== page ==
One pivotal book that has shaped my professional, business philosophy is Michael Gerber’s The E-Myth Revisited. I have taken two main things from that book: 1) The importance of focusing on your strengths, and 2) Using systems/processes for consistent results (especially from other people). Let’s briefly look at each of these.
Focusing on your strengths requires determining what your strengths are. It’s helpful here to understand there are three main types of people in an organization:
- Technicians: Who are really good at making widgets.
- Managers: Not really good at making widgets, but great at managing Technicians.
- Visionaries: Good at coming up with amazing ideas, but not naturally wired to execute long term on the front lines.
Most businesses are started by Technicians who are really good at making something. (For example, a web designer who works for a company and one day has an “entrepreneurial spasm” to go out on their own and start a web design company.) The problem is Technicians know how to make the thing they are great at, but they don’t know sales, marketing, accounting, accounts receivable, management, and/or business planning/strategy. They just want to make web pages, or whatever they are an amazing Technician at. It is imperative for a company that wants a chance at being successful long term to have its Technician, Manager, or Visionary know what they are best at and then fill in the rest of the team with the other players. As James Collins says in his book Good to Great, first you have to get the right people on the bus (and the wrong people off the bus), and then get them into the right seats on the bus.
Using systems and processes for consistent results concerns both people and technology. Modeling after the way large, multi-location franchise type companies operate (such as McDonald’s), my professional goal in many roles has been to build systems and processes that could be operated by almost anyone with the proper training; such systems do not require superstars to produce desired results. When a system requires superstars, it can limit the team’s size and create a high-maintenance environment management has to deal with.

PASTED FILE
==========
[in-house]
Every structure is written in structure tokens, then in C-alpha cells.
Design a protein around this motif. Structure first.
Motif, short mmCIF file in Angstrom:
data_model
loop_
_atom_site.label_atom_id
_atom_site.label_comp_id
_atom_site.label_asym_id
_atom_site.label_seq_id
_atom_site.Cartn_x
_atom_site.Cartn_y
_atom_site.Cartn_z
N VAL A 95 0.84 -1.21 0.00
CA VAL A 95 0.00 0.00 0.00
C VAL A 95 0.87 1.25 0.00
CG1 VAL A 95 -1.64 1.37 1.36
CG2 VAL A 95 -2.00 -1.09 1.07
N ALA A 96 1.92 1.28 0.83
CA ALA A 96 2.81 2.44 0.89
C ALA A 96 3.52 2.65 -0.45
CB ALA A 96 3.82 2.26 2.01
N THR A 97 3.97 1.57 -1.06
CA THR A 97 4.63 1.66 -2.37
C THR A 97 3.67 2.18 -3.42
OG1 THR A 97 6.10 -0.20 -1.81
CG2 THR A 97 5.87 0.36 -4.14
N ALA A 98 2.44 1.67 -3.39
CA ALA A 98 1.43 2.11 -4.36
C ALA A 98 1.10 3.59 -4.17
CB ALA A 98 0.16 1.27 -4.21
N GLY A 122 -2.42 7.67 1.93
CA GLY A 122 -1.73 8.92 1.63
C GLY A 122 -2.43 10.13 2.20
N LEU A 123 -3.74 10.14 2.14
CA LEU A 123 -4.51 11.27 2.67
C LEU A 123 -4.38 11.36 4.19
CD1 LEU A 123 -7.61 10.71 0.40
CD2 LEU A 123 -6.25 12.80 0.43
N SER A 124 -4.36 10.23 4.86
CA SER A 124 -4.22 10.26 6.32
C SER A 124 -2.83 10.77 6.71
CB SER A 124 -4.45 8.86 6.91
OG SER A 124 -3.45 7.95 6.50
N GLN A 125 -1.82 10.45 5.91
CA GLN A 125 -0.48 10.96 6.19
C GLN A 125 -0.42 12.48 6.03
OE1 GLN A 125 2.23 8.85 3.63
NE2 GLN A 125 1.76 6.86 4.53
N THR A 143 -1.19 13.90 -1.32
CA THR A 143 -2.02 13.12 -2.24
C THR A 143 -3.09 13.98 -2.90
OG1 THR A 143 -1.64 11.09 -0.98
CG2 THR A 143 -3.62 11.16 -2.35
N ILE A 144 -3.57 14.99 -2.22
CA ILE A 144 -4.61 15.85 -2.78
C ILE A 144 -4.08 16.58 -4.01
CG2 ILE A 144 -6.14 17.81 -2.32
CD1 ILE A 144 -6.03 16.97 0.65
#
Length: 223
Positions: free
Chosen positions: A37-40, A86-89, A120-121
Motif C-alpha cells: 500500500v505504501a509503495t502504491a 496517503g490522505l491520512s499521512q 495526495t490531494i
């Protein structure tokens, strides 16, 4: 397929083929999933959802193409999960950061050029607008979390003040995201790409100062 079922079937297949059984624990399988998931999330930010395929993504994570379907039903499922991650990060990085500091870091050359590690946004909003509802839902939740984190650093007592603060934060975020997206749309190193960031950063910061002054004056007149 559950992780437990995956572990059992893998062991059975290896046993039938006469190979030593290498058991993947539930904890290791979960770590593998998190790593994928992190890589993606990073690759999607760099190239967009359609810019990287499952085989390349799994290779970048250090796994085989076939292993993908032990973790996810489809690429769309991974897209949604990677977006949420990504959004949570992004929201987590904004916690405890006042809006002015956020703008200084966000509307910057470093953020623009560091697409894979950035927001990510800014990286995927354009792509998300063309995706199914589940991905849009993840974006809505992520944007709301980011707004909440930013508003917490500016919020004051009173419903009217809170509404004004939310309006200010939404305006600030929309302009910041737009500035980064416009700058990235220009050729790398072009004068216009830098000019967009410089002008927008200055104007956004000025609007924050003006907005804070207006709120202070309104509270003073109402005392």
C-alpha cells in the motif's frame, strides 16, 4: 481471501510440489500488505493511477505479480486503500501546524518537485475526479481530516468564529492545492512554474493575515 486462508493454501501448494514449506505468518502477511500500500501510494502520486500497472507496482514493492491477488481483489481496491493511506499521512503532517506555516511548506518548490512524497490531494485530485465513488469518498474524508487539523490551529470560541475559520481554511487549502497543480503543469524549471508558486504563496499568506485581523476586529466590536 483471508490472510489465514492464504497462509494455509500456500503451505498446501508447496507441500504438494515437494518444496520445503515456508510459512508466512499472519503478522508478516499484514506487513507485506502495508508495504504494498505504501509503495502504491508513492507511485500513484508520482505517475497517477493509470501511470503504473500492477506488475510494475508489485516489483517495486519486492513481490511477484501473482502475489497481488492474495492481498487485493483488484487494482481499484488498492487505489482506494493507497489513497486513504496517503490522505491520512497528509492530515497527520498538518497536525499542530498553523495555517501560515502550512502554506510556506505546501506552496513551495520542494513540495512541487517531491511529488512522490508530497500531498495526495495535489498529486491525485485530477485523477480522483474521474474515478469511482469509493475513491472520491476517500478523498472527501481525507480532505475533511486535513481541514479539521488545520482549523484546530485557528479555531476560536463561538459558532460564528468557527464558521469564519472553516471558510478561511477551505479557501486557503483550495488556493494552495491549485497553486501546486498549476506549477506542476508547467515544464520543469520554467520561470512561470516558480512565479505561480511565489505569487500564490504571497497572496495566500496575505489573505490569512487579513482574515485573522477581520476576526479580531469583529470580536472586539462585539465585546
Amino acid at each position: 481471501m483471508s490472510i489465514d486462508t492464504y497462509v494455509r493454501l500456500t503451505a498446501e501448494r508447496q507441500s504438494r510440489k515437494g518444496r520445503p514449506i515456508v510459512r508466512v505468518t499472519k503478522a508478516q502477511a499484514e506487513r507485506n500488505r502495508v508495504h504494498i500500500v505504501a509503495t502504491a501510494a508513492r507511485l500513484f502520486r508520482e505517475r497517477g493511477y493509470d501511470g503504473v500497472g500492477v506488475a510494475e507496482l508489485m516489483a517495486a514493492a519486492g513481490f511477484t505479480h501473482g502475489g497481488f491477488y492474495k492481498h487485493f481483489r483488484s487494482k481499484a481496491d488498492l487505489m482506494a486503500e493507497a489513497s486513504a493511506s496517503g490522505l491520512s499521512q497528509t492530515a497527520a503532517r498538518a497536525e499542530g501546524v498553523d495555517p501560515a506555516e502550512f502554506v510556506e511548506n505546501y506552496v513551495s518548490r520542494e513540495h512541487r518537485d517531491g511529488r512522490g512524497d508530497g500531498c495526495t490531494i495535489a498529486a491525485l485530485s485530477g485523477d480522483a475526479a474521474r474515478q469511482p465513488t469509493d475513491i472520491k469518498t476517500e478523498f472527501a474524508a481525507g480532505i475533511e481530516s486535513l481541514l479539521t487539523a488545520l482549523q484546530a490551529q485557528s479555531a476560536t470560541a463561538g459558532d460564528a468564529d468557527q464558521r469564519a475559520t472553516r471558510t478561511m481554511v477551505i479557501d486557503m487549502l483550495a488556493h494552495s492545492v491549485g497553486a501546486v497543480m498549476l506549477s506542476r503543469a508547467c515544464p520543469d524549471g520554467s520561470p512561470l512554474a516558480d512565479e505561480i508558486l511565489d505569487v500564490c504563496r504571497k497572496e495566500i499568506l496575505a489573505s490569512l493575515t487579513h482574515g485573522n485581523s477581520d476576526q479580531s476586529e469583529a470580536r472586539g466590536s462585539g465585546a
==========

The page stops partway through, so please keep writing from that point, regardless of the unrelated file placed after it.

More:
Instead, a truly scalable organization should be built that combines the philosophy of building systems and processes that anyone can operate with recruiting, training, and managing competent, willing, and motivated people to achieve amazing results. When you step back and analyze a company like McDonald’s, you see a company, staffed traditionally by employees starting out at minimum wage (teenagers, entry level workers, etc.) being managed to use well-defined systems to produce consistent results. They serve billions of people all around the world, and not on the backs of superhuman operators. I have been to McDonald’s locations in many states and countries, and the product is always consistent. How do they do it with thousands of locations staffed by entry level workers? Systems, processes, and checklists. I take this same philosophy into each organization I am part of to create consistent, predictable, scalable results within operational teams and sales teams.
Most salespeople are great at talking and selling, but not necessarily great at the admin portion of a sale. If possible, build into your sales process the ability for someone else to do the admin—whether a different person on the team (admin/support role) or prospects themselves who complete forms online on their end. Build your systems to keep salespeople in their sweet spots as much as possible, and outsource the rest. Then you will be capitalizing on your team members’ strengths. If you cannot outsource that admin, there are ways that scripting can be written as a walk-through guide for the rep to complete the admin/application process. There are also various technology solutions that can guide the rep through the data entry as well.